Cancer therapy with nanoparticles
Cancer is one of our society’s most common diseases and the incidence will continue to grow with an ageing population. One corner stone of modern cancer treatment is chemotherapy. In our research we are focusing on finding new nano based ways of delivering drugs for treatment with fewer side effects, or targeted delivery specifically to the tumor site of choice. Another of our objectives are to develop novel nanoparticle systems that combine therapy and diagnostic imaging in the same device. The latter enables us to follow treatment in real time via imaging approaches such as magnetic resonance imaging.
One major obstacle in the successful treatment of cancer with chemotherapeutic agents is the biodistribution and pharmacokinetics of the given drug. Traditionally, chemotherapeutics are systemically injected and affects both benign and malignant tissues, this may result in unwanted side effects.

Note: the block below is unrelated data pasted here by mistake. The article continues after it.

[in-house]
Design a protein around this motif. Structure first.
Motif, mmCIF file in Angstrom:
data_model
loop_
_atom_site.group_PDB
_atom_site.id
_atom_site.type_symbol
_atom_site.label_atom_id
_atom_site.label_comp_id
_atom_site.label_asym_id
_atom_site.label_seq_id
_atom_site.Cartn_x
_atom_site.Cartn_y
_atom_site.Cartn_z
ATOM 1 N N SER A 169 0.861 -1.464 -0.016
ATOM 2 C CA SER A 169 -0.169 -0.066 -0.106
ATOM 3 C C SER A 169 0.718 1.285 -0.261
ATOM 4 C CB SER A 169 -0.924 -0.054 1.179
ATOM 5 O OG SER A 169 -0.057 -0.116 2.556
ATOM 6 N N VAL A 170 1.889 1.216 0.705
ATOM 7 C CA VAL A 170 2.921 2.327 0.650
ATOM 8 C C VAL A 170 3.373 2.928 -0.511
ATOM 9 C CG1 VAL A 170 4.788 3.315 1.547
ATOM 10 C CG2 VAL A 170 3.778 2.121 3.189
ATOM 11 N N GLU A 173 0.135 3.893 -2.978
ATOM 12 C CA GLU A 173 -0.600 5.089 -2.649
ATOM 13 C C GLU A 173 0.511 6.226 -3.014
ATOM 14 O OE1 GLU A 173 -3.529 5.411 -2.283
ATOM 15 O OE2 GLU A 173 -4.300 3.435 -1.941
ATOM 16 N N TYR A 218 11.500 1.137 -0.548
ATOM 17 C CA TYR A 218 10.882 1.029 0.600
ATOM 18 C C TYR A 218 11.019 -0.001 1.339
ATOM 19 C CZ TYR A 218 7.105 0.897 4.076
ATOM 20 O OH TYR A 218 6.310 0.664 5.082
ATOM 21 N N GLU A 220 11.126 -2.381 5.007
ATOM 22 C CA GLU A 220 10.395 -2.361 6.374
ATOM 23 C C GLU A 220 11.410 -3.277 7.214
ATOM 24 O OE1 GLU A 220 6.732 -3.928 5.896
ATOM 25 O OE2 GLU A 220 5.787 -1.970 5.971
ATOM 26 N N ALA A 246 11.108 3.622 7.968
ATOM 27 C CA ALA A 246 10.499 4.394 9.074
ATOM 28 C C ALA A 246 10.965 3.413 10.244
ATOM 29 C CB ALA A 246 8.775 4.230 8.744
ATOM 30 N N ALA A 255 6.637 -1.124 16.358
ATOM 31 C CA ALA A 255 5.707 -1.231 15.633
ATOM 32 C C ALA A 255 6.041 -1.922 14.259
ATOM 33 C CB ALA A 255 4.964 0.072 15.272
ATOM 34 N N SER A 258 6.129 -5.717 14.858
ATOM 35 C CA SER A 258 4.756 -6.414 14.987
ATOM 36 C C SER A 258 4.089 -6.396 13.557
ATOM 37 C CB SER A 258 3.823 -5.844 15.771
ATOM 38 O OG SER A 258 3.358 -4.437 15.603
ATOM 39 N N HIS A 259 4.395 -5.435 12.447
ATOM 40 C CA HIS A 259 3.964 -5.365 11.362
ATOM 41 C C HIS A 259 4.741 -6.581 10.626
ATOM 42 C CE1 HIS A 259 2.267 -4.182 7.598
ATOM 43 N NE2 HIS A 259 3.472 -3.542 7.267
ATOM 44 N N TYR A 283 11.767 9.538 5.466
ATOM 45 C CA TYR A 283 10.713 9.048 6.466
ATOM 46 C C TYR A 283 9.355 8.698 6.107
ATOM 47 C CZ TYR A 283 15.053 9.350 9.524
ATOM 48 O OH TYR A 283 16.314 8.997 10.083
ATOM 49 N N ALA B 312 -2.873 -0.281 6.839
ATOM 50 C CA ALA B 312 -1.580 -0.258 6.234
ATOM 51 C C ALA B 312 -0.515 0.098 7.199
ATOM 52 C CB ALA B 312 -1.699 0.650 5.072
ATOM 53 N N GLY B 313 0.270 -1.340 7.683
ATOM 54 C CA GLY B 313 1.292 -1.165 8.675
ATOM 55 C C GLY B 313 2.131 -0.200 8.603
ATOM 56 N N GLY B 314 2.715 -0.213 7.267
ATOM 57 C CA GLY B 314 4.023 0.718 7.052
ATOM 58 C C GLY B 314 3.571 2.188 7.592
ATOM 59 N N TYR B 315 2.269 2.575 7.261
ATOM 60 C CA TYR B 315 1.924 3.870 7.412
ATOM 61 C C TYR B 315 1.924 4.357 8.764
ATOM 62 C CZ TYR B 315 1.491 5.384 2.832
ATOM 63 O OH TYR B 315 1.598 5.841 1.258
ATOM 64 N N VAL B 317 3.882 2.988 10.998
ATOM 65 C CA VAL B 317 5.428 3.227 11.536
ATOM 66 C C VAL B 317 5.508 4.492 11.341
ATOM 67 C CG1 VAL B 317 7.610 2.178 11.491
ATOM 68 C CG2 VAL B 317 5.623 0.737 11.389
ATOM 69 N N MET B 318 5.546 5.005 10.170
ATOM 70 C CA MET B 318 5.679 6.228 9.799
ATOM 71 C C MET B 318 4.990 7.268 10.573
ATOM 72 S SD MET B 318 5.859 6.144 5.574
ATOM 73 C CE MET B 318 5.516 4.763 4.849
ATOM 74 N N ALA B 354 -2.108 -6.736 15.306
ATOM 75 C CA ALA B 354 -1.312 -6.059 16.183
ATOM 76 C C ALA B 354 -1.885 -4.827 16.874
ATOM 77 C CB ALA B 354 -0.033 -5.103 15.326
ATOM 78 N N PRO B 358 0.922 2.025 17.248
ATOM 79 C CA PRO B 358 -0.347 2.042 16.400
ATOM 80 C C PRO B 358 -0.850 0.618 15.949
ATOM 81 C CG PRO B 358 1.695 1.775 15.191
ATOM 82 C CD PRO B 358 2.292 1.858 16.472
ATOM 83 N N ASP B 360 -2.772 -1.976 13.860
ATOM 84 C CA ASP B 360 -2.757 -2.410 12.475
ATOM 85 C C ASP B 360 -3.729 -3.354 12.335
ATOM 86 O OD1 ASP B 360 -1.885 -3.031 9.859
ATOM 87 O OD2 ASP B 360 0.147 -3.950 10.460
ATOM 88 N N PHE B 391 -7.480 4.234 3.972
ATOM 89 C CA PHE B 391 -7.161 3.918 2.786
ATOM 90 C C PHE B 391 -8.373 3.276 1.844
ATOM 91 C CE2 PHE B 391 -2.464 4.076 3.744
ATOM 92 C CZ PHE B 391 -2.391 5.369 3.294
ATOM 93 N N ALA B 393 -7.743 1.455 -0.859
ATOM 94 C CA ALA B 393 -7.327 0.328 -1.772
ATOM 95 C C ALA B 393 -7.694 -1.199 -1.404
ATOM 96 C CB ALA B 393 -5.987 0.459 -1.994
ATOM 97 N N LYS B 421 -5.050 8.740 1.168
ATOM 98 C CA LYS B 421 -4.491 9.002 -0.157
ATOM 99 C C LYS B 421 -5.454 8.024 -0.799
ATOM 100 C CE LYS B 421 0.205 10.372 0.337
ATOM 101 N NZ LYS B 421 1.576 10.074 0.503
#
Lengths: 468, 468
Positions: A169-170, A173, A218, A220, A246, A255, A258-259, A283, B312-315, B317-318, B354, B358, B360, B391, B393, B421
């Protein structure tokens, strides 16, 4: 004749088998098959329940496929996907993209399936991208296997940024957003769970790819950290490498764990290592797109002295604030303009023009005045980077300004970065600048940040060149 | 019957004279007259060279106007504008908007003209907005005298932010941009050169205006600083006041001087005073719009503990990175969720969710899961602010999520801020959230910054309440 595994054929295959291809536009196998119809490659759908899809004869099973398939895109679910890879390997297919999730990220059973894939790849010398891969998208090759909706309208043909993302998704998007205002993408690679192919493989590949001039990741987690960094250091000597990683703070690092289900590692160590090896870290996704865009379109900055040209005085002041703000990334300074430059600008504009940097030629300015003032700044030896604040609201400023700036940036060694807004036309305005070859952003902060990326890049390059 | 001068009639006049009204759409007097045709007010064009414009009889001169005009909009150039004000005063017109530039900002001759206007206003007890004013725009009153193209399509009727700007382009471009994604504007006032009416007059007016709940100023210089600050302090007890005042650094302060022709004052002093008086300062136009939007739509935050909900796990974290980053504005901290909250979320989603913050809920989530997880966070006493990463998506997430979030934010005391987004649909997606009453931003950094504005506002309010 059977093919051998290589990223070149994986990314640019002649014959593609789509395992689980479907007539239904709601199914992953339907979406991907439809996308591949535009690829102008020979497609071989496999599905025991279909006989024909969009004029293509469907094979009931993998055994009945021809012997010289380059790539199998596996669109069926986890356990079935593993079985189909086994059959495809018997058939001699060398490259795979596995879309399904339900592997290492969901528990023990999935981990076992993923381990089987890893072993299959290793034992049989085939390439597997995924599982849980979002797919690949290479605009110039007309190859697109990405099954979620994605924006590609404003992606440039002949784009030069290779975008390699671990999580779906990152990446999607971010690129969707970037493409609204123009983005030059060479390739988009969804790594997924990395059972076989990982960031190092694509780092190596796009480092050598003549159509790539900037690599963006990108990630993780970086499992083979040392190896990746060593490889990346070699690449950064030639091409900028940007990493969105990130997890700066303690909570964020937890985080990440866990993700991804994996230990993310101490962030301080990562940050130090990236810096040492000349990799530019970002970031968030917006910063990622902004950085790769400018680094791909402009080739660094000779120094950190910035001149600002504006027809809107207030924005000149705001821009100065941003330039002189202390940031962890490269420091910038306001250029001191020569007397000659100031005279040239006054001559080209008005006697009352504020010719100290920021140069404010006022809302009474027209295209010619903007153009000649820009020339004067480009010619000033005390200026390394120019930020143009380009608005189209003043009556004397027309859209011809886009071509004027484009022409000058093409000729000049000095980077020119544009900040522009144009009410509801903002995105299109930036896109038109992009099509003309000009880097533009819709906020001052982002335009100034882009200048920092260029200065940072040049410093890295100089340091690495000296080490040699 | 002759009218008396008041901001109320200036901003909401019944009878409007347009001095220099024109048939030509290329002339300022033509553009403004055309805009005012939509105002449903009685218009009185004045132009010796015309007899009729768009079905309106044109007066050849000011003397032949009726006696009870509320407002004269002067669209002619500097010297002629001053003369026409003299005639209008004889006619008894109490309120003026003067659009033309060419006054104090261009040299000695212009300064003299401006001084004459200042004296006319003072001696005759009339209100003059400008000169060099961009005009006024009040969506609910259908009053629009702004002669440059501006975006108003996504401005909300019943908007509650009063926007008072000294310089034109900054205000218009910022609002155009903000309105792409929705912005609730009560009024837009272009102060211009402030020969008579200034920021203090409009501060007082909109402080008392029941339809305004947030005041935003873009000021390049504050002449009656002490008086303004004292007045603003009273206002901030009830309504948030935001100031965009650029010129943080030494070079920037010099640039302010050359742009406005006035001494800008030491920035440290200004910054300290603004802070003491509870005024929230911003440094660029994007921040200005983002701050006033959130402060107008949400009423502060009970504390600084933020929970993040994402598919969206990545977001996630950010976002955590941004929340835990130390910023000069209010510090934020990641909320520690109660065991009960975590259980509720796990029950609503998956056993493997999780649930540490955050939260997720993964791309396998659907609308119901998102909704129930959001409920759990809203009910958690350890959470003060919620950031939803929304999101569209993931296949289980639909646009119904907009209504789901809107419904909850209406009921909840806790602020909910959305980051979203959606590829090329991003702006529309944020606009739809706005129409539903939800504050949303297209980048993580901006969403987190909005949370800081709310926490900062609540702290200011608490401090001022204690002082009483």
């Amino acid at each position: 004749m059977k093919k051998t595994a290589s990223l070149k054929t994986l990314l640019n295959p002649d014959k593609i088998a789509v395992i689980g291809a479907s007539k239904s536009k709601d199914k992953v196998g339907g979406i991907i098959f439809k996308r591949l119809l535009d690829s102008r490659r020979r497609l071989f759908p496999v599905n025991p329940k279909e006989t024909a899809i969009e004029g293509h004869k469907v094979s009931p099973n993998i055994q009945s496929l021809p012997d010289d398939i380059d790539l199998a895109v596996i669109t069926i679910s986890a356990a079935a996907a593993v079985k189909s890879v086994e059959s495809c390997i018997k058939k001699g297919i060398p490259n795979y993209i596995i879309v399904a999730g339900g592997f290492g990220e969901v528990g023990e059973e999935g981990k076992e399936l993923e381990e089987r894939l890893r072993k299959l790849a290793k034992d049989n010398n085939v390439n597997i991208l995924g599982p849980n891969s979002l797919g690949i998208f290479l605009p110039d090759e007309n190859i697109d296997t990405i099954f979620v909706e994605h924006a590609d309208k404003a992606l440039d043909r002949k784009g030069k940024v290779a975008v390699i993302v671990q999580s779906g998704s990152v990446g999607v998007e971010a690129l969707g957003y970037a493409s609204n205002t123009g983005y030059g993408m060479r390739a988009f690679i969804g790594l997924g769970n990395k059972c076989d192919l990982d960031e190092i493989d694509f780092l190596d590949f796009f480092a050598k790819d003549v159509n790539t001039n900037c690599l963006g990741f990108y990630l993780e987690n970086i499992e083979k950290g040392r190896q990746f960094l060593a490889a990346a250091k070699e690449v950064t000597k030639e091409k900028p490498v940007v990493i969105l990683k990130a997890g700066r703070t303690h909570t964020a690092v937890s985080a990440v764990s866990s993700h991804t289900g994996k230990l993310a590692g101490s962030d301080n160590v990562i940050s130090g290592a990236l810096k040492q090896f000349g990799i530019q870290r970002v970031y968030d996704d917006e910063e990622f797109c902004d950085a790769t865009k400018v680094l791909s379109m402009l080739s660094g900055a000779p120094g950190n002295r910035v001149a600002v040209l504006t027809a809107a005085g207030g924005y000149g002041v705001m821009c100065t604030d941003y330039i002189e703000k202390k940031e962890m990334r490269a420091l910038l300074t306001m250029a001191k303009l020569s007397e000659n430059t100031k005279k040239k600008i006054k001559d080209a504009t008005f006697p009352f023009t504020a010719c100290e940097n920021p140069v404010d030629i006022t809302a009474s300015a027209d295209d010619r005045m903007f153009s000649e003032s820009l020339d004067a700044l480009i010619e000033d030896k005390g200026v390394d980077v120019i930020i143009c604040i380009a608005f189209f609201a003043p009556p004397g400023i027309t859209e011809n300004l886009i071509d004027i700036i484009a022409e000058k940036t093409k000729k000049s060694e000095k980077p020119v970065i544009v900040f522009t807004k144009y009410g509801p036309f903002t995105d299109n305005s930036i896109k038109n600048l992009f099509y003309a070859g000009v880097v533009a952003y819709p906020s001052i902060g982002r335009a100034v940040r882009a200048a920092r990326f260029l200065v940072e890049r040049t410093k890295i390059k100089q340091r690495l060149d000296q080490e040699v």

In the clinic, a cocktail of synergistic drugs are often combined in the therapeutic regime. Each with different toxicity and distribution profiles. However, as combination therapy increases the risk of systemic toxicity, it would be relevant to develop a technological platform that could combine clinically used drugs in the same. Factors such as individual concentrations, type of drugs, biodistribution profiles (including tumor uptake), and potential targeting can be systematically engineered and tested. In addition it has been shown that suitable nanocarriers can evade multiple drug resistance activation, opening up a new horizon in which commonly used drugs may elicit far better therapeutic efficacy. Tumor uptake and tailored biodistribution profiles are other benefits that have been realized via the use of designer nanocarriers.